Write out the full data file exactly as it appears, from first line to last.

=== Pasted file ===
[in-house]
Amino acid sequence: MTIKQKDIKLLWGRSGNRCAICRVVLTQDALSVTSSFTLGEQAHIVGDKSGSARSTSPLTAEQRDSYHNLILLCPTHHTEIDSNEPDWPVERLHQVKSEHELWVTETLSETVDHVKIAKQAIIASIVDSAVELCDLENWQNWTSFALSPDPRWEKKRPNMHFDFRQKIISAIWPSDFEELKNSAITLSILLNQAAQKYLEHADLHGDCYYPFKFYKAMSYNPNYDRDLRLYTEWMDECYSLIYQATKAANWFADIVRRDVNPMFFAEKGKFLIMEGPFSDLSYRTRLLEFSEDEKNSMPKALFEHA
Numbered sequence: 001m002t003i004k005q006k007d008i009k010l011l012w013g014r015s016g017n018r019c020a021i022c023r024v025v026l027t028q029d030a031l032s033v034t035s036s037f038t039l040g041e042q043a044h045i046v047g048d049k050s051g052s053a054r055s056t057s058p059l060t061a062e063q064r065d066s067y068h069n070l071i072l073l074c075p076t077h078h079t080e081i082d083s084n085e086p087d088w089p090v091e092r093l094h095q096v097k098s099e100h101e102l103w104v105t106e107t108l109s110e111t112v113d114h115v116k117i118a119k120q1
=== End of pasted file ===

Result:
[in-house]
Amino acid sequence: MTIKQKDIKLLWGRSGNRCAICRVVLTQDALSVTSSFTLGEQAHIVGDKSGSARSTSPLTAEQRDSYHNLILLCPTHHTEIDSNEPDWPVERLHQVKSEHELWVTETLSETVDHVKIAKQAIIASIVDSAVELCDLENWQNWTSFALSPDPRWEKKRPNMHFDFRQKIISAIWPSDFEELKNSAITLSILLNQAAQKYLEHADLHGDCYYPFKFYKAMSYNPNYDRDLRLYTEWMDECYSLIYQATKAANWFADIVRRDVNPMFFAEKGKFLIMEGPFSDLSYRTRLLEFSEDEKNSMPKALFEHA
Numbered sequence: 001m002t003i004k005q006k007d008i009k010l011l012w013g014r015s016g017n018r019c020a021i022c023r024v025v026l027t028q029d030a031l032s033v034t035s036s037f038t039l040g041e042q043a044h045i046v047g048d049k050s051g052s053a054r055s056t057s058p059l060t061a062e063q064r065d066s067y068h069n070l071i072l073l074c075p076t077h078h079t080e081i082d083s084n085e086p087d088w089p090v091e092r093l094h095q096v097k098s099e100h101e102l103w104v105t106e107t108l109s110e111t112v113d114h115v116k117i118a119k120q1